The National Institute for Health and Care Excellence has decided that use of Merck's head and neck cancer drug Erbitux is not cost-effective for the NHS in England and Wales.

NICE originally published guidance in 2009 concluding that Erbitux (cetuximab) does not offer value for money as a treatment for recurrent and/or metastatic squamous cell cancer of the head and neck, but the drug later became available to patients on the NHS through the CDF.

The Institute is now assessing the drug under its programme to reappraise medicines currently funded for NHS use via the CDF. As part of this, Merck has presented further evidence not included in their original submission and narrowed the target treatment population to those with mouth cancer only, which affects around 2,300 people in England and Wales.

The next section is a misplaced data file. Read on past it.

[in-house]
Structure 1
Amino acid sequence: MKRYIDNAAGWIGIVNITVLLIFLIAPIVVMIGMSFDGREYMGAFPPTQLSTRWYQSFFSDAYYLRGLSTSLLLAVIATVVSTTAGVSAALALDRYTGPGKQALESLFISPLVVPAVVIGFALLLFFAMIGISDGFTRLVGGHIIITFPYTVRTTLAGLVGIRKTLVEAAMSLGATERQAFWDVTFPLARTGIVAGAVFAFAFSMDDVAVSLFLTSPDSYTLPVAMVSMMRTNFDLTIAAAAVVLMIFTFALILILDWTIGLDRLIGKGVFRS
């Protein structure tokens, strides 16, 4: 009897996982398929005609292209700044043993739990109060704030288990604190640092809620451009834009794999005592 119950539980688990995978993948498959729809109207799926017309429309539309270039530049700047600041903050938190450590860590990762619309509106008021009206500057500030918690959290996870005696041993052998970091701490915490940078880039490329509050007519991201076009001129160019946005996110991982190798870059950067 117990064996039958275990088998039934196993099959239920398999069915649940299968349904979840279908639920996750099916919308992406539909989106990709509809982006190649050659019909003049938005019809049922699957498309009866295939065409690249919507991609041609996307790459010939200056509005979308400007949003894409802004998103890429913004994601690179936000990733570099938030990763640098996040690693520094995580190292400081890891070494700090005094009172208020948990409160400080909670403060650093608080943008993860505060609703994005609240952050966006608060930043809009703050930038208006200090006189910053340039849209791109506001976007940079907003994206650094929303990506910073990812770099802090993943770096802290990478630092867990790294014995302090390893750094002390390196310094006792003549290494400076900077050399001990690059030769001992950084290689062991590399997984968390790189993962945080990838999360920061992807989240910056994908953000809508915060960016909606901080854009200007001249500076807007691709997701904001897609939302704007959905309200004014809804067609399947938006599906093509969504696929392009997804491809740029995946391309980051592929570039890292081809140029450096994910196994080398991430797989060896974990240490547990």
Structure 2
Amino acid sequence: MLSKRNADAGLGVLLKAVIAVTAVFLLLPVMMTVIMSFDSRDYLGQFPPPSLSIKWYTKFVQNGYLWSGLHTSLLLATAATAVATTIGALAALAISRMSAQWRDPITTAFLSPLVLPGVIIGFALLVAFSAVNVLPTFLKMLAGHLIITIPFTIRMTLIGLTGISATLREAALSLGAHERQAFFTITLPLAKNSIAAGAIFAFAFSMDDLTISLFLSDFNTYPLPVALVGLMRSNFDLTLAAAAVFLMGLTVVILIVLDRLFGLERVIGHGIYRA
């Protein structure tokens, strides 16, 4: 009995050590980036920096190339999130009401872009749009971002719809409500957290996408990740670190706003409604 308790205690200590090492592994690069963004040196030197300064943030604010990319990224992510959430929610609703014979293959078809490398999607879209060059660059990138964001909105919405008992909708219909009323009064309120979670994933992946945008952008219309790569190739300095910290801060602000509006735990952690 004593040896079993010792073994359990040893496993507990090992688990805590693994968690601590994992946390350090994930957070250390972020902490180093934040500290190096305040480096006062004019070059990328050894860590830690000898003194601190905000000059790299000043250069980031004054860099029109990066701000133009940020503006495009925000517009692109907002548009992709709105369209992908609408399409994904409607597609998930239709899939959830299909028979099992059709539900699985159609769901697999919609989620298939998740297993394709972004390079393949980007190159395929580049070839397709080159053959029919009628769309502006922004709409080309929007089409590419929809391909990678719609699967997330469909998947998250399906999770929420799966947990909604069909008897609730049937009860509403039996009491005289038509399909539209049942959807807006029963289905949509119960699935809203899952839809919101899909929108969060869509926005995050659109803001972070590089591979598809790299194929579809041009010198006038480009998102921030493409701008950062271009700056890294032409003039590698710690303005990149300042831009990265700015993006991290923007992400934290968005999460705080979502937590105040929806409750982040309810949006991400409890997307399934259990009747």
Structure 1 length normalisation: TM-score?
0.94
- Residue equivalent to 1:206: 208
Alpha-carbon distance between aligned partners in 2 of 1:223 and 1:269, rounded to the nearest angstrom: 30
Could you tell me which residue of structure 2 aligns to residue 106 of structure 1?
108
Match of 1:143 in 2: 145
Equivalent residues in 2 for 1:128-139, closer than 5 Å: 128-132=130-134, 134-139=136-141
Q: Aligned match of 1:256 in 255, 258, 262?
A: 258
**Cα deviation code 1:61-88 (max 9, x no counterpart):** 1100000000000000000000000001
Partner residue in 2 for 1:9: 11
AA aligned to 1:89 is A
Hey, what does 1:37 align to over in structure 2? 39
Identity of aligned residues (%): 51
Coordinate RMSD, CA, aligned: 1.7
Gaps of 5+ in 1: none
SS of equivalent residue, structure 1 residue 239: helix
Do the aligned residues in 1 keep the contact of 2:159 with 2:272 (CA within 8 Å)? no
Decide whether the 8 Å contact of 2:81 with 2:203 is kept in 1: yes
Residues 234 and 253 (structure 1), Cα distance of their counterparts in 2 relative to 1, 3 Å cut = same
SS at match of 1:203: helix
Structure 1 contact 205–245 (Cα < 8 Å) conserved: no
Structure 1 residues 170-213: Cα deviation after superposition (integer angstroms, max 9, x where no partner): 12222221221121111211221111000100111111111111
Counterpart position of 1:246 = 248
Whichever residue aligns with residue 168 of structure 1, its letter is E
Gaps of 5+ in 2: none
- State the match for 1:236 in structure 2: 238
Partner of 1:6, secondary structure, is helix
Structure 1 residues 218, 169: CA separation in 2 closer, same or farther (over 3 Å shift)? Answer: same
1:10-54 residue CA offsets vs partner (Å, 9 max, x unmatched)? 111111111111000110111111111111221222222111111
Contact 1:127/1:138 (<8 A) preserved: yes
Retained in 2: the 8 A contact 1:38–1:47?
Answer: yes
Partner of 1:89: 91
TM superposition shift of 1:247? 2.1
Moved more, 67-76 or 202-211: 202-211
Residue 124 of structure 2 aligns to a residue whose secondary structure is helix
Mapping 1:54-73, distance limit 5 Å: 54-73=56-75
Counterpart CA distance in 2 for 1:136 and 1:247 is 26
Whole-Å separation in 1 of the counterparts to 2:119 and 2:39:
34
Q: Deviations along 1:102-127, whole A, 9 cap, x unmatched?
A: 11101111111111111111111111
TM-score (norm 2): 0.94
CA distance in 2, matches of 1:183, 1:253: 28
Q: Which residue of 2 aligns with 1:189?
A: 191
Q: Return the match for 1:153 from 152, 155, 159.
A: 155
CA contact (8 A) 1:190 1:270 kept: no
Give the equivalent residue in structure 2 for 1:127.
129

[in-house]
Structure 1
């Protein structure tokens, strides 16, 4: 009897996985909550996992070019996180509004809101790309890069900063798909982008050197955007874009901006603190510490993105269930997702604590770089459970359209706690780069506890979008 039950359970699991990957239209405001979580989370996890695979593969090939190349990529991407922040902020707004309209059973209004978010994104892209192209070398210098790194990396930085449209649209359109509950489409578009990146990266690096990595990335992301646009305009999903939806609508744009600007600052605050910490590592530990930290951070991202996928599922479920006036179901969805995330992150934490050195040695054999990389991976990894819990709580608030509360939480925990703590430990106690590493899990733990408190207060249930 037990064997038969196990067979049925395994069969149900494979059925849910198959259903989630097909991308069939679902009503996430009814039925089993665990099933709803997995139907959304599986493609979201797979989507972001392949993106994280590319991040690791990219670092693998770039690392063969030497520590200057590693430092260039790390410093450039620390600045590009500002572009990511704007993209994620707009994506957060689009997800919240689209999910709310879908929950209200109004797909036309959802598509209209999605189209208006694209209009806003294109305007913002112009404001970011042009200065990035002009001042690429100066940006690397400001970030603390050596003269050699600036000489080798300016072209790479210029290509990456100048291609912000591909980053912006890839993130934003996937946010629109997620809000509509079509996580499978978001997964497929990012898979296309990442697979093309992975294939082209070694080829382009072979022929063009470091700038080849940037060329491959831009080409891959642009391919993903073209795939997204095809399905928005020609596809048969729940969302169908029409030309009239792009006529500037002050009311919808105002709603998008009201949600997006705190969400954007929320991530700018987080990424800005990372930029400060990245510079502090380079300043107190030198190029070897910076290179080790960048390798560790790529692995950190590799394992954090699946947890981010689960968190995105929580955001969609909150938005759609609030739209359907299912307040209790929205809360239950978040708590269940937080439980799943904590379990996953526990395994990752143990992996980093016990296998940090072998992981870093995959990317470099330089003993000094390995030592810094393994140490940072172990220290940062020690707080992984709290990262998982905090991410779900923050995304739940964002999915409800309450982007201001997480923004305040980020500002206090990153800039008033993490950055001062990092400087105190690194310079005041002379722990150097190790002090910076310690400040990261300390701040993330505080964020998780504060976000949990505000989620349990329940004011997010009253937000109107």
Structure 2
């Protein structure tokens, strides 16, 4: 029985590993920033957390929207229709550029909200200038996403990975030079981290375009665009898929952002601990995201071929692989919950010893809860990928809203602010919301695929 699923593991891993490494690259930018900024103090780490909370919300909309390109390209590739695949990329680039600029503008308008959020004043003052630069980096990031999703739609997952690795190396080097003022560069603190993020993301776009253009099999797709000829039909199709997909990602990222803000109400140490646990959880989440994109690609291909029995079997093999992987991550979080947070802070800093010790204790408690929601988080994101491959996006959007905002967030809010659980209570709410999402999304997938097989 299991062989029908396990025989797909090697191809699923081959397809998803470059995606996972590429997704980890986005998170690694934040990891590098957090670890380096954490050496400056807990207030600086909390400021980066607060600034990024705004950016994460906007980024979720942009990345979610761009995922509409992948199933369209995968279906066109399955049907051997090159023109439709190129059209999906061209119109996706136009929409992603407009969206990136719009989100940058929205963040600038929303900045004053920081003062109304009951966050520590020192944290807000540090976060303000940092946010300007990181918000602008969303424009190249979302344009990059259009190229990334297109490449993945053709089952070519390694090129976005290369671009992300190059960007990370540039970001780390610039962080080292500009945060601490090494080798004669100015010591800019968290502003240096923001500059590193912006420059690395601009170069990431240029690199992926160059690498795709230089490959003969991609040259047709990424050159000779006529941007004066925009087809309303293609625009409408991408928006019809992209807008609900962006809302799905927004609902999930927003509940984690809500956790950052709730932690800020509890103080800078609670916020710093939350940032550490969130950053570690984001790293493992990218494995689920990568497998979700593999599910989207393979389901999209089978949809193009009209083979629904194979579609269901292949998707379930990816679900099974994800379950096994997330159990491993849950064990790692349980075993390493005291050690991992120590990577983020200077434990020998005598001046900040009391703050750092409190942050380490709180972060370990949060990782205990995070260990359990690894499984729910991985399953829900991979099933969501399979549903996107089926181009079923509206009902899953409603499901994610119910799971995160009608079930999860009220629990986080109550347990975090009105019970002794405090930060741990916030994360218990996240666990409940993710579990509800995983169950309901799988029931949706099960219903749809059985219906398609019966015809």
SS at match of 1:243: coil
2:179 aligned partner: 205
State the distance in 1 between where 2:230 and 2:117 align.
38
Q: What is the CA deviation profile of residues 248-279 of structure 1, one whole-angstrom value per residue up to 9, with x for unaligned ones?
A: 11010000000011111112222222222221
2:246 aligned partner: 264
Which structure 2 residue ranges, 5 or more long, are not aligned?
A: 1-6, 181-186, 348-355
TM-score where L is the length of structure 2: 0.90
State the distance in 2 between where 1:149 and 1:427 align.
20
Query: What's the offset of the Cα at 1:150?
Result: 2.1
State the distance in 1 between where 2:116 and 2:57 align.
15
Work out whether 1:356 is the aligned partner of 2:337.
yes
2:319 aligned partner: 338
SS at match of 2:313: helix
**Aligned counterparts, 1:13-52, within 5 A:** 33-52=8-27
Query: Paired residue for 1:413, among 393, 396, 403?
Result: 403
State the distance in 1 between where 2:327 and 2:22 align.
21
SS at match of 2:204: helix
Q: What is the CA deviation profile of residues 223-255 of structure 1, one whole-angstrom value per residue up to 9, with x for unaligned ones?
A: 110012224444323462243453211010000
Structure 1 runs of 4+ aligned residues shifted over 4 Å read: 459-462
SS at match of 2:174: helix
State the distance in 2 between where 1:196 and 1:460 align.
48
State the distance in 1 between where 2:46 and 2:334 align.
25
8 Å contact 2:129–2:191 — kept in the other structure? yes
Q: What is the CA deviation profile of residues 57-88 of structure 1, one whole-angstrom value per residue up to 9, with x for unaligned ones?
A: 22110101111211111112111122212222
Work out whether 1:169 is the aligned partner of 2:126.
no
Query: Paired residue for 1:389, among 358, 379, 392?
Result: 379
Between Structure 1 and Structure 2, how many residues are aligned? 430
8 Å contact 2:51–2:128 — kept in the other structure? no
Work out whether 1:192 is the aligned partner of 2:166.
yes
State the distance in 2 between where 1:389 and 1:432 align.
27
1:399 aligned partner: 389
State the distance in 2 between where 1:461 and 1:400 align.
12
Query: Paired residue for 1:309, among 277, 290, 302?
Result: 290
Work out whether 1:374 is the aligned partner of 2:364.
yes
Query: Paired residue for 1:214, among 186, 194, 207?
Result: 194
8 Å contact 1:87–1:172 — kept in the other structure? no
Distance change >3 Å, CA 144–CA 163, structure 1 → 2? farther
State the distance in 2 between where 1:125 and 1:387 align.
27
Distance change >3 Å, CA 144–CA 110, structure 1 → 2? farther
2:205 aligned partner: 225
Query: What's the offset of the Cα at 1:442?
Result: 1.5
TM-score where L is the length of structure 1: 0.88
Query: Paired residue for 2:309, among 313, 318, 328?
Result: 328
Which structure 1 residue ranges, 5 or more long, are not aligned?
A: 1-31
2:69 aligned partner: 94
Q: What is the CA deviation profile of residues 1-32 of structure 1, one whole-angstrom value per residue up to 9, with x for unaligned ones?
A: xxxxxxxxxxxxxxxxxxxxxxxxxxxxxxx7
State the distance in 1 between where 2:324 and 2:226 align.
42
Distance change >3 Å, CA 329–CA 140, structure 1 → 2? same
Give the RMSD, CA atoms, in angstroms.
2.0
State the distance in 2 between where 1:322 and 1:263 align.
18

However, despite this narrowed scope and newly-discounted price to the NHS, the committee remained concerned about the considerable uncertainty in the evidence and thus could not recommend Erbitux as cost effective.

"This decision not to recommend cetuximab as an option for treating mouth cancer will be disappointing for some patients. However we need to make sure the NHS makes the most of its resources by only funding treatments that are both clinically effective and represent good value for money," said Professor Carole Longson, director of the health technology evaluation centre at NICE.

Until final guidance is issued to the NHS, Erbitux will remain available to patients in the old CDF.